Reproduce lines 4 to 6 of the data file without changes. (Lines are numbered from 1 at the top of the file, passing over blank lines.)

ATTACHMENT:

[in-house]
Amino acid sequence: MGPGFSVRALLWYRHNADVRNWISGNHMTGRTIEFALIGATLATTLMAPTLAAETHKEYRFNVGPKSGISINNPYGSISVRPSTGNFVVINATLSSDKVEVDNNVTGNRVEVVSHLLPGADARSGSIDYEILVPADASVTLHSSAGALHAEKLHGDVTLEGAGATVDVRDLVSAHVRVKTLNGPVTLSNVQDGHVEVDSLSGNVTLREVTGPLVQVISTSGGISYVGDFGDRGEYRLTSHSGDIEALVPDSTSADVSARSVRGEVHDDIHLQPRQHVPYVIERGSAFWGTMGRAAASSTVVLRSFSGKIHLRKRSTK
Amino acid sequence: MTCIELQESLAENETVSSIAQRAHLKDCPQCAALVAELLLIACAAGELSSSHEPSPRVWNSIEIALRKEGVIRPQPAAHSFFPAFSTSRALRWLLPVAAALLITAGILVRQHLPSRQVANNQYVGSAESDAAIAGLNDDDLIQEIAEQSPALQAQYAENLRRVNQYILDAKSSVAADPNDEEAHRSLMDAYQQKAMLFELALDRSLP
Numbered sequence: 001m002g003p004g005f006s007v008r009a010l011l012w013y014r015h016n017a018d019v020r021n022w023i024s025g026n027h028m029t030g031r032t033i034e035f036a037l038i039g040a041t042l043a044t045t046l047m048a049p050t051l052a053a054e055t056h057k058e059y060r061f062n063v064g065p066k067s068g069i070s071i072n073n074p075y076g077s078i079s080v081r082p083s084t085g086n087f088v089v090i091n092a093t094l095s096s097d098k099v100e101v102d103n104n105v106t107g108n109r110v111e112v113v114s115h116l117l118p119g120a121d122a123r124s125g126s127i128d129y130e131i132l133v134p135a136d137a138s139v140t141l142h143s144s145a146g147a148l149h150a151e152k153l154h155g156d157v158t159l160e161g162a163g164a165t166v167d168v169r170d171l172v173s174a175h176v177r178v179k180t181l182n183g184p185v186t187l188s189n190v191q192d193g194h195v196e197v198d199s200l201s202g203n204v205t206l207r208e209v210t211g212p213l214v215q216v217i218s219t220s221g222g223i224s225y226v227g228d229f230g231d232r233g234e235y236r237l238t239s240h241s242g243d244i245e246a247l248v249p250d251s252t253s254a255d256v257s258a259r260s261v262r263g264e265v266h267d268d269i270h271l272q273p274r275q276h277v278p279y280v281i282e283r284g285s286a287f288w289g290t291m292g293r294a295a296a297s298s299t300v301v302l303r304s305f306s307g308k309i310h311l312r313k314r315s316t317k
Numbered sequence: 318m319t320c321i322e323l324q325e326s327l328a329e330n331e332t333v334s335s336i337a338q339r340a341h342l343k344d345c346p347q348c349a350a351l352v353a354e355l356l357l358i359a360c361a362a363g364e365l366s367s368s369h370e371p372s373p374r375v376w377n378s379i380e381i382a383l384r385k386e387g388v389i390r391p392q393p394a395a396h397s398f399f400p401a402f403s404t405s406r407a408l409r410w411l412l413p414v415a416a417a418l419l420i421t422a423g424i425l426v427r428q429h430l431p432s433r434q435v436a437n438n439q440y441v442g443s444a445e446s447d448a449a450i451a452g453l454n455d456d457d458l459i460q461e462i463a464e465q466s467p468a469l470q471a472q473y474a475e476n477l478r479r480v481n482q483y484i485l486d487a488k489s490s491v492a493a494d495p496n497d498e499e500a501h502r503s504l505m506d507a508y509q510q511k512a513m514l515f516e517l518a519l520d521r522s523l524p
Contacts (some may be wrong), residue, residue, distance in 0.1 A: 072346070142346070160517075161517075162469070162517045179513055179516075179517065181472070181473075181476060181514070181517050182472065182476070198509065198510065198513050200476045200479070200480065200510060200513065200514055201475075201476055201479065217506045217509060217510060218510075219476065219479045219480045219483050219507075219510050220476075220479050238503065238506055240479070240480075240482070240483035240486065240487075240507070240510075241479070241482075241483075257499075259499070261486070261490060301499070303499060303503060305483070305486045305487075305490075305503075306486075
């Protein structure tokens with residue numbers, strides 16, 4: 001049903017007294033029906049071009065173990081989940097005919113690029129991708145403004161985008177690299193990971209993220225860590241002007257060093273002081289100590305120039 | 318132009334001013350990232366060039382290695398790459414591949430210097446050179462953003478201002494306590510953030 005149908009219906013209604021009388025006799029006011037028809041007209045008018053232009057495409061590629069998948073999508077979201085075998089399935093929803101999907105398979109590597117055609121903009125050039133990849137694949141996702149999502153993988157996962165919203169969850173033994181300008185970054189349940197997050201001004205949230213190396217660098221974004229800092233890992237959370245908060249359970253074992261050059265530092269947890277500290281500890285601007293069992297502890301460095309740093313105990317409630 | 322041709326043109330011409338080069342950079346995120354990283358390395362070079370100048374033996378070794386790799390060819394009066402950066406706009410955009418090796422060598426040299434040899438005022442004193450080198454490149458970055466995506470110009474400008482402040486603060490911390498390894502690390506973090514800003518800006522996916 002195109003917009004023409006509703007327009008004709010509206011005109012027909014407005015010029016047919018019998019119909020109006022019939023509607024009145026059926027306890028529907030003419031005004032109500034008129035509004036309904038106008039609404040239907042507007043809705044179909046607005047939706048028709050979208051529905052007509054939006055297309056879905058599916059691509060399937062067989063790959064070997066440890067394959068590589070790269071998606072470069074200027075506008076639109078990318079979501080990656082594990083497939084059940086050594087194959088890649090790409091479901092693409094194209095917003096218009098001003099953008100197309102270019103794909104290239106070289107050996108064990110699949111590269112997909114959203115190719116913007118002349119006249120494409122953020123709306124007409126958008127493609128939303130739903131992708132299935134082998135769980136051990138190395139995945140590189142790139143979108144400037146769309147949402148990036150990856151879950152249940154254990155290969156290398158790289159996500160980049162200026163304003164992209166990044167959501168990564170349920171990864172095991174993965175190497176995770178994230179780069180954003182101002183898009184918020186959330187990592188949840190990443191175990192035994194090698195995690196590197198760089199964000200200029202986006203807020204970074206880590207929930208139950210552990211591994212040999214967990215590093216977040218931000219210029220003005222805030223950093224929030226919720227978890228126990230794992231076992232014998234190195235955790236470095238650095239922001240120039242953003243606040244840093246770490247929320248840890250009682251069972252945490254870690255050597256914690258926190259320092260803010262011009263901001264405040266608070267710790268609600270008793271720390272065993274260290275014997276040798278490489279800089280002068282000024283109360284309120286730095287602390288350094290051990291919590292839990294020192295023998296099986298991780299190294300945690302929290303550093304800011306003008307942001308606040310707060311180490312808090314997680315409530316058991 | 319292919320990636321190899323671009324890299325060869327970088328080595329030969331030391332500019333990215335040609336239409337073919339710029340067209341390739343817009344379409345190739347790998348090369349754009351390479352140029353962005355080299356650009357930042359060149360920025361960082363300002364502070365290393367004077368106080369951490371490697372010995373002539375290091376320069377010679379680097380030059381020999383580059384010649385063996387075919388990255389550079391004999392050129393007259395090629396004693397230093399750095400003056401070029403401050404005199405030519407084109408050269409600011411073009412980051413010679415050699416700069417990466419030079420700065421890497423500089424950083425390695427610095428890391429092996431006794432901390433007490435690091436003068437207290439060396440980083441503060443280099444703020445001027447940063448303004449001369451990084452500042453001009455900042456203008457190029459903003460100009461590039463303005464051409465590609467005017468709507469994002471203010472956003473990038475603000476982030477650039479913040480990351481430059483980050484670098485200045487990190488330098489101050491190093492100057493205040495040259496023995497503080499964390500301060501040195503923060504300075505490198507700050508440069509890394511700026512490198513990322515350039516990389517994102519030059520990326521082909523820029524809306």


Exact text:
Numbered sequence: 001m002g003p004g005f006s007v008r009a010l011l012w013y014r015h016n017a018d019v020r021n022w023i024s025g026n027h028m029t030g031r032t033i034e035f036a037l038i039g040a041t042l043a044t045t046l047m048a049p050t051l052a053a054e055t056h057k058e059y060r061f062n063v064g065p066k067s068g069i070s071i072n073n074p075y076g077s078i079s080v081r082p083s084t085g086n087f088v089v090i091n092a093t094l095s096s097d098k099v100e101v102d103n104n105v106t107g108n109r110v111e112v113v114s115h116l117l118p119g120a121d122a123r124s125g126s127i128d129y130e131i132l133v134p135a136d137a138s139v140t141l142h143s144s145a146g147a148l149h150a151e152k153l154h155g156d157v158t159l160e161g162a163g164a165t166v167d168v169r170d171l172v173s174a175h176v177r178v179k180t181l182n183g184p185v186t187l188s189n190v191q192d193g194h195v196e197v198d199s200l201s202g203n204v205t206l207r208e209v210t211g212p213l214v215q216v217i218s219t220s221g222g223i224s225y226v227g228d229f230g231d232r233g234e235y236r237l238t239s240h241s242g243d244i245e246a247l248v249p250d251s252t253s254a255d256v257s258a259r260s261v262r263g264e265v266h267d268d269i270h271l272q273p274r275q276h277v278p279y280v281i282e283r284g285s286a287f288w289g290t291m292g293r294a295a296a297s298s299t300v301v302l303r304s305f306s307g308k309i310h311l312r313k314r315s316t317k
Numbered sequence: 318m319t320c321i322e323l324q325e326s327l328a329e330n331e332t333v334s335s336i337a338q339r340a341h342l343k344d345c346p347q348c349a350a351l352v353a354e355l356l357l358i359a360c361a362a363g364e365l366s367s368s369h370e371p372s373p374r375v376w377n378s379i380e381i382a383l384r385k386e387g388v389i390r391p392q393p394a395a396h397s398f399f400p401a402f403s404t405s406r407a408l409r410w411l412l413p414v415a416a417a418l419l420i421t422a423g424i425l426v427r428q429h430l431p432s433r434q435v436a437n438n439q440y441v442g443s444a445e446s447d448a449a450i451a452g453l454n455d456d457d458l459i460q461e462i463a464e465q466s467p468a469l470q471a472q473y474a475e476n477l478r479r480v481n482q483y484i485l486d487a488k489s490s491v492a493a494d495p496n497d498e499e500a501h502r503s504l505m506d507a508y509q510q511k512a513m514l515f516e517l518a519l520d521r522s523l524p
Contacts (some may be wrong), residue, residue, distance in 0.1 A: 072346070142346070160517075161517075162469070162517045179513055179516075179517065181472070181473075181476060181514070181517050182472065182476070198509065198510065198513050200476045200479070200480065200510060200513065200514055201475075201476055201479065217506045217509060217510060218510075219476065219479045219480045219483050219507075219510050220476075220479050238503065238506055240479070240480075240482070240483035240486065240487075240507070240510075241479070241482075241483075257499075259499070261486070261490060301499070303499060303503060305483070305486045305487075305490075305503075306486075